"Over your clearance," Mercer said, far too knowingly. The men were stirring, on edge.
"Spit it out, Hill."
"Sir, do we have any orders saying we have to stay here?" The Private asked. Detweiler knew he was thinking the same thing as the rest. Mercer seemed confident that whatever he had done would save Cross, and while Detweiler barely tolerated the virus, Cross trusted it and Mercer seemed to reciprocate.
"We're confined to barracks," he said, and wondered if the helicarrier counted as barracks.
"Yes, but we also have standing orders to keep eyes on the virus at all times." Simons pressed. Mercer shrugged, walked to the door and walked out. There was a surprised shout from a guard outside. 'Hey, you aren't supposed to-' drowned out by the sounds of the Blackwatch squad grabbing their gear.
"Virus on the move. We are in pursuit," Winder radioed in, piously, wondering where his life had gone so wrong he was trusting a virus and a voice on the phone. "Let's move."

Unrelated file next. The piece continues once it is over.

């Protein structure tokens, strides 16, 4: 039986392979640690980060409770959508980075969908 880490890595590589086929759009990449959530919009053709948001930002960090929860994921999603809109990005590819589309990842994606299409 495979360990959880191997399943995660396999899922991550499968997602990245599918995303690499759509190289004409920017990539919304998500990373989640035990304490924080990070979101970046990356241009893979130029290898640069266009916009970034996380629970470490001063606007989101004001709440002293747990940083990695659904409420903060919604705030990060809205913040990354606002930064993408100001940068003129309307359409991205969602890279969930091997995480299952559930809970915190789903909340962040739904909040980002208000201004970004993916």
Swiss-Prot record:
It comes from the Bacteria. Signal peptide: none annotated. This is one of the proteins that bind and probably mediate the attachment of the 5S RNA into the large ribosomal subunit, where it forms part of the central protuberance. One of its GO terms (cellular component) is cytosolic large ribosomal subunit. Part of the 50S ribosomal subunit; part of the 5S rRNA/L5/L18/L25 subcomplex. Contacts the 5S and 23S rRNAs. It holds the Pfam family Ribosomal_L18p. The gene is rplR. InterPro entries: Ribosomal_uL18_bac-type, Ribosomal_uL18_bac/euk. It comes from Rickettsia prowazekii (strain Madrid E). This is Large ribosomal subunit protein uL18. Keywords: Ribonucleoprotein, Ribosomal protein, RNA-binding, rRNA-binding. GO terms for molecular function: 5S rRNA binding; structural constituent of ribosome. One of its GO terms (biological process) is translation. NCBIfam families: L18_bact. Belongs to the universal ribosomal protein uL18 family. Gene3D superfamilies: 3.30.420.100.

In the briefing room above, Fury looked between Samson and Cross. The Captain, seated and under guard, was absolutely impassive while Samson railed at him. Fury's radio buzzed.
"Sir, I have an urgent message from the Shield Security Council. Top priority." Samson stepped back, glowering at Cross.
"Fury, if you want to deal with civilian matters and leave the military to me, you're welcome," Samson said, with a nod. Fury glowered. Taking the message in private would obviously result in the handcuffed Captain being 'shot while trying to escape'.
"Relay it," he ordered bluntly.
"They state that the Blackwatch squad we have detained are on secondment for a top secret mission, effective immediately. We need to give them every co-operation. Departure expected in fifteen minutes. Details to follow." Samson looked as though someone had shot him. Cross's face was impassive. If the Captain had known anything about this, Fury couldn't tell, but he doubted it.
"Get them to the transport deck. Notify Supplies."
"Have done, sir." There was a pause. "They say they need their officer, sir."
"Get those goddamn handcuffs off," he ordered, with no little satisfaction. As one of the SHIELD guards leapt to obey, Samson put his hand on his sidearm.
"That traitor stays here, Fury."
"I'm following orders, General."
"Civilian groups like SHIELD do not give orders to the US military." Samson said, grating on the words civilian. Fury stepped in close. He was an inch taller than the General.
"On my motherfucking carrier, you following my motherfucking rules." The stare down lasted only a moment, but Fury didn't break gaze with Samson as he spoke to the bridge officer. "Who authorised the mission?"